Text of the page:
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After nearly 4 years away, 'Al' Adi is getting back to work in downtown Youngstown. Here are his plans.

"I have a lot on my plate so I've got to get busy," said Amer 'Al' Adi Othman, who has returned to the city after being deported nearly four years ago.

YOUNGSTOWN — After nearly four years separated from his family and his home in the city, Amer “Al” Adi Othman is back home in Youngstown and is getting back to work.

Adi once again has his sights set on downtown Youngstown. On Saturday he announced his plans for the former Pig Iron Press building his family still owns along North Phelps Street in downtown Youngstown.

"I have a lot on my plate so I've got to get busy," Adi laughed, while speaking to reporters outside the property at 26 N. Phelps St.

Adi said he plans to turn the first floor into a deli, and turn the upper three floors into apartments. He’s also considering establishing a cigar bar, in line with the building’s vintage sign for Frankle Bros. Company’s “well kept” cigars.

Adi said he’s already discussed his plans with city Mayor Jamael Tito Brown and he intends on reaching out this week to potential partners for the cigar bar, he said.

Adi bought the 1,530-square-foot building in 2016 for $56,200, according to Mahoning County auditor records. Its former owner was James Villani, who operated the fine arts publishing house Pig Iron Press.

Adi said the family had plans for the building before his deportation “threw us off.” He also still owns another property along Wick Avenue, he said.

Adi, a longtime city businessman, was unexpectedly deported in 2018, and returned to the city just weeks ago. Prior to his deportation, he lived in the U.S. for 39 years. He owned Downtown Circle Convenience and Deli and Circle Hookah in that same North Phelps block, until the family sold the businesses shortly after his deportation.

On Saturday, well-wishers joined Adi on the street, including one of his former convenience store employees who shouted, “You’re back!” and threw open his arms to embrace the man.

Adi told Mahoning Matters he’s planning a “reunion” for all his downtown Youngstown neighbors.

Adi’s return weeks ago was the first time in nearly four years his whole family was together again, he said, including his wife Fidaa; four daughters Lina, Rania, Haneen and Lana, all aged 22 to 30; and his grandson, 1 ½-year-old Yazan, who was born after Adi’s deportation.

“We’re very happy. We’re really living great moments with family and friends and everybody,” Adi said Saturday. “Really, I want to thank everyone in my bigger family, which is Youngstown, that did a tremendous job, a great job in supporting my case and supporting me. I felt the love all over the world, wherever I went.”

Adi credited his attorney David Leopold of Cleveland, U.S. Rep. Tim Ryan of Howland, D-13th, and Ryan’s adviser Michael Morley with helping him obtain the humanitarian visa that paved the way for his triumphant return. That work started “on day one” after his deportation nearly four years ago, Adi said.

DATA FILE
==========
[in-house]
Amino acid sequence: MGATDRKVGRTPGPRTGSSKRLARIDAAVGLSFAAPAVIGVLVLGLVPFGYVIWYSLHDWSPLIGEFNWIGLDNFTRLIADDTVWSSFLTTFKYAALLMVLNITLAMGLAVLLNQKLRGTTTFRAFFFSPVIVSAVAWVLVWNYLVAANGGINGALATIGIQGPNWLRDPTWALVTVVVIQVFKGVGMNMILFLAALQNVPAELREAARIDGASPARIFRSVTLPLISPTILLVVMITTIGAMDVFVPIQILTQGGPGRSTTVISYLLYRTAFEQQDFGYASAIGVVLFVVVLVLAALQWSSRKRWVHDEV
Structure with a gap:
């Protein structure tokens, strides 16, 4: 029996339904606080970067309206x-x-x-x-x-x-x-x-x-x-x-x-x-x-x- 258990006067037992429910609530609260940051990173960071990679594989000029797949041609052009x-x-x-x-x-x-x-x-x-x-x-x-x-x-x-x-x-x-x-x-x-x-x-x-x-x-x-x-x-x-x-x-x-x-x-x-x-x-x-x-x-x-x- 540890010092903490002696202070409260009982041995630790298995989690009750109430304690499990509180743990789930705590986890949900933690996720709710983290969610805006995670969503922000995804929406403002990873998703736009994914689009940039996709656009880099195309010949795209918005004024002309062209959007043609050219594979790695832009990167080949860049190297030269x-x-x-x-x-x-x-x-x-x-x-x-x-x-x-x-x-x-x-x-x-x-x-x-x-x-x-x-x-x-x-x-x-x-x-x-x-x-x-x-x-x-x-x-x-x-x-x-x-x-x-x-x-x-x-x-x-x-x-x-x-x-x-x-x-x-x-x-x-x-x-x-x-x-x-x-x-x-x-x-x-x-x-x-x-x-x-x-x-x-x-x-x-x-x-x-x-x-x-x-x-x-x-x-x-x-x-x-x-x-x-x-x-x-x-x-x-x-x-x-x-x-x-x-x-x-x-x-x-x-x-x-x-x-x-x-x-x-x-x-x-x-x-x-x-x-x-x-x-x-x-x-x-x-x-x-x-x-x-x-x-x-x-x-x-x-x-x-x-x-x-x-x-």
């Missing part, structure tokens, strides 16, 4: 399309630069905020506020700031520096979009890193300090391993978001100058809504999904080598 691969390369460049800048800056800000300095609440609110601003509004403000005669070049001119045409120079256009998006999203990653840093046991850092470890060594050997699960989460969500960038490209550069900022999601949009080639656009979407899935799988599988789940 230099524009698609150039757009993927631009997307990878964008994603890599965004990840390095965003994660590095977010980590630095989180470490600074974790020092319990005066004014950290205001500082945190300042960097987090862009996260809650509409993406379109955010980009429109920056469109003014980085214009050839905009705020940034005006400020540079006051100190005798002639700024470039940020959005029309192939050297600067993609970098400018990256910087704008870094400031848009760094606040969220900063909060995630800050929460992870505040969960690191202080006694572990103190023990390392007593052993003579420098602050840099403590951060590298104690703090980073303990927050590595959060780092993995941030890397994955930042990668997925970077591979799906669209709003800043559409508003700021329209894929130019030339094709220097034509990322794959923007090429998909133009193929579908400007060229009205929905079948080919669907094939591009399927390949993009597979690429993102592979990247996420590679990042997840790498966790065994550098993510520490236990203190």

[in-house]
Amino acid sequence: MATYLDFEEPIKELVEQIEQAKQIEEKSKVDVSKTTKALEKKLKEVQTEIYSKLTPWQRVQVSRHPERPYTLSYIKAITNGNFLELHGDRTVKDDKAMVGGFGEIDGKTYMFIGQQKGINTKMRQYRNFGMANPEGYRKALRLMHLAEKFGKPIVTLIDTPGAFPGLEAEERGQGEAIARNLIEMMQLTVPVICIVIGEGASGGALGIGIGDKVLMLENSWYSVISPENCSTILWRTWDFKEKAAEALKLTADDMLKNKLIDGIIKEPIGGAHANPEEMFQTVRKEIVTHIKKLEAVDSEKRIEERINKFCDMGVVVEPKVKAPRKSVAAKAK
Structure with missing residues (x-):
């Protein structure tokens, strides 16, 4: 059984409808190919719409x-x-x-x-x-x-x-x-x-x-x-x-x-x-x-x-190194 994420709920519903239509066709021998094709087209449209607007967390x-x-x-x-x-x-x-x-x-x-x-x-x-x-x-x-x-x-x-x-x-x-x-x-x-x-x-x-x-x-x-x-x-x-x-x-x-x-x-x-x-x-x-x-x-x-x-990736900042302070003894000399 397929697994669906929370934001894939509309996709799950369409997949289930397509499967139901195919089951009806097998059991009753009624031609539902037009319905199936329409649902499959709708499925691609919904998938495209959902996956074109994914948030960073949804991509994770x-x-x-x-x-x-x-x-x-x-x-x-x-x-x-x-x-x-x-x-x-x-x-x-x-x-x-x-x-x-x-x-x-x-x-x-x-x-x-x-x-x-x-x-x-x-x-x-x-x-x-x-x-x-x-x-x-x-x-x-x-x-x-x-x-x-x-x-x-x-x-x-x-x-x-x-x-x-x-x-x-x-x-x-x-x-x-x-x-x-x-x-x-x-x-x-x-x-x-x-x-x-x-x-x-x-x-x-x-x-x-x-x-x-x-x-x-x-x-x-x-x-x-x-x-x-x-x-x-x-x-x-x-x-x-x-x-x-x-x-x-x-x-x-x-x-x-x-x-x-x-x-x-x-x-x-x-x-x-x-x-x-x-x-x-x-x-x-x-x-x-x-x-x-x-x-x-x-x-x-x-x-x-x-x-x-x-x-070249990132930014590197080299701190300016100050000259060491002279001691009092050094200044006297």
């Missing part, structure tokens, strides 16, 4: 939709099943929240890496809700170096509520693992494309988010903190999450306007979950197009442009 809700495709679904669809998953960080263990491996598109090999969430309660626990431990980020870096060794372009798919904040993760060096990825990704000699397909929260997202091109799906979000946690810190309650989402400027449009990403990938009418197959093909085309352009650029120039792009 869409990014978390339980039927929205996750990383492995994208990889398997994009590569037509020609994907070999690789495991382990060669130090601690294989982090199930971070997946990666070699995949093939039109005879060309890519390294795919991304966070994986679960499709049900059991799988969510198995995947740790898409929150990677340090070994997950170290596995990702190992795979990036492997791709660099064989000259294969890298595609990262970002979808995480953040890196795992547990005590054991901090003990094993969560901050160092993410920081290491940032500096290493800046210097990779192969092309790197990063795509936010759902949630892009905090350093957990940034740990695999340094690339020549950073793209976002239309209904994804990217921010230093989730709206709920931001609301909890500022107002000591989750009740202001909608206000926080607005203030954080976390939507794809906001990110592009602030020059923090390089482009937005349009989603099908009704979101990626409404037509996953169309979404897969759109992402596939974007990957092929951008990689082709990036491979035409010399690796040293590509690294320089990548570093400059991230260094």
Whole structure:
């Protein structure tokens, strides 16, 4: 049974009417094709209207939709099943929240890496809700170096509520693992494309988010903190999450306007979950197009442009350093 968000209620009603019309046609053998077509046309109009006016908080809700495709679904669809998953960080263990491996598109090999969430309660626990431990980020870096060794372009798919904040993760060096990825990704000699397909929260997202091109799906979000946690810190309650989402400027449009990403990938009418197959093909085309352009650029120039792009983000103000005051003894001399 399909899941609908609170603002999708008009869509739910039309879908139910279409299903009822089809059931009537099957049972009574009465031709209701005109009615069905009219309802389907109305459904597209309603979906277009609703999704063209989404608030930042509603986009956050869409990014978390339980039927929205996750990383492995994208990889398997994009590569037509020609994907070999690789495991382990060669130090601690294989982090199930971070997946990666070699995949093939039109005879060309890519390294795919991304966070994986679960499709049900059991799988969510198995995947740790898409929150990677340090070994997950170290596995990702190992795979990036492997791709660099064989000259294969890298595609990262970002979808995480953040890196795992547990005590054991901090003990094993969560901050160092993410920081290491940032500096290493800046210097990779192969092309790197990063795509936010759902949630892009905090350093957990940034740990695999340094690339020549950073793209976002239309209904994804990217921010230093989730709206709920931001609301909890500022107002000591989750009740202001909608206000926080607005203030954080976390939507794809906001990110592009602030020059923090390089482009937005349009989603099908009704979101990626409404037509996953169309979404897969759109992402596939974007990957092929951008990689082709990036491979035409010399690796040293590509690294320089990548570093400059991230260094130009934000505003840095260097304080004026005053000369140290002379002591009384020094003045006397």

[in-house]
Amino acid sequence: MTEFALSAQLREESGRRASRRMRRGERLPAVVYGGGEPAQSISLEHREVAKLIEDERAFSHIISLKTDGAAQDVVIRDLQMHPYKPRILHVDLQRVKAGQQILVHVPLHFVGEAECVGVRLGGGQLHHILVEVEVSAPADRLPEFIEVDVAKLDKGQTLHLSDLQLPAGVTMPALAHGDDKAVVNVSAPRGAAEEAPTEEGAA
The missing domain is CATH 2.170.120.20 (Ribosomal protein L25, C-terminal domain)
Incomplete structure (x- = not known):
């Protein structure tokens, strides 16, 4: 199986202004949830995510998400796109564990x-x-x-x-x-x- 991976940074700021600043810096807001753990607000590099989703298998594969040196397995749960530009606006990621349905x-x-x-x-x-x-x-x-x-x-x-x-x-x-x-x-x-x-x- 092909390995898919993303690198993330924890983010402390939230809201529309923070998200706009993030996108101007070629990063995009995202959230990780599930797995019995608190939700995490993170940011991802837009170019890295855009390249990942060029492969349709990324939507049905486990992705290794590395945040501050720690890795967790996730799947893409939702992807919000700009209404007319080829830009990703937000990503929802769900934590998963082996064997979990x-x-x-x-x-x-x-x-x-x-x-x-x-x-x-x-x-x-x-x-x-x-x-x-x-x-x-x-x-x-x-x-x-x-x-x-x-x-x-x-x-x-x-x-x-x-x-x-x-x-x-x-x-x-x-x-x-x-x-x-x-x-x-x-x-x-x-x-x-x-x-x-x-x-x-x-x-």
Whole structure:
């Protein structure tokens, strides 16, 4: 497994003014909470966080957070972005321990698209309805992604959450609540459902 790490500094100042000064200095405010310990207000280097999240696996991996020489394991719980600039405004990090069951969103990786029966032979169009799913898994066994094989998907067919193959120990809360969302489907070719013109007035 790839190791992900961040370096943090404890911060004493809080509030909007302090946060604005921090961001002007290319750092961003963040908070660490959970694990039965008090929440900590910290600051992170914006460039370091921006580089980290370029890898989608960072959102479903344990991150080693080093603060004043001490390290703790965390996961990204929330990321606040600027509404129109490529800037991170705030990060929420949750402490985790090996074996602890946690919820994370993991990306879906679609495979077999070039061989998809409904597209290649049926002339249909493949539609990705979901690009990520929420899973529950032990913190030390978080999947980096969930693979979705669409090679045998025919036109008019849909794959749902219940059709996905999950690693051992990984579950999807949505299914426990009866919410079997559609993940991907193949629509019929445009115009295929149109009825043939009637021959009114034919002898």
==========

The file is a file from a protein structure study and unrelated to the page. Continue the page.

He’s now beginning the process of earning his American citizenship, he said.

“I’m living in Youngstown. I’m not going anywhere. This is my town and I have the right to live in this town,” Adi said.

While Adi was in Jordan, the family spent lots of time on video calls with him, said Adi’s daughter Lina.

After his grandson Yazan was born, Adi made sure to talk to him “every day,” he beamed.

But it wasn’t the same, Lina said. She told Mahoning Matters her father’s absence left an “empty feeling.”

“He was a big part of Youngstown. To not have him here, it kind of felt like he was the missing piece,” she said. “All of us went on to work and do things that we were supposed to do, but it didn’t feel the same without him being here.

“All of us are very close with our dad.”

Adi was unexpectedly arrested and jailed in 2018 during what was supposed to be a routine immigration status hearing, The Vindicator reported that year. Adi’s first wife, whom he married in 1980, told authorities the marriage was fraudulent, which put his immigrant status in jeopardy. In 2007, the woman recanted that statement, claiming it was made under duress, the newspaper reported.

While detained at Youngstown’s Northeast Ohio Correctional Center, Adi went on a hunger strike to protest his treatment by immigration officials.

He was deported to his native Jordan later that month.

Ryan at the time advocated for a stay of Adi's deportation. Congress requested Adi's case be reviewed, but ICE ignored the appeal.

When speaking Saturday about his lost years, Adi choked back tears.

“The idea of breaking up a family and taking any member of the family forcefully … is horrible. Our background, our culture, our way of thinking — we’re family people,” the Palestinian man said Saturday, his voice quavering with emotion.

“We put family first.”

Justin Dennis

About the Author: Justin Dennis

Justin Dennis has been on the beat since 2011, covering crime, courts and public education. Dennis grew up in Poland and Salem and studied journalism and communications at Cleveland State University and University of Pittsburgh.
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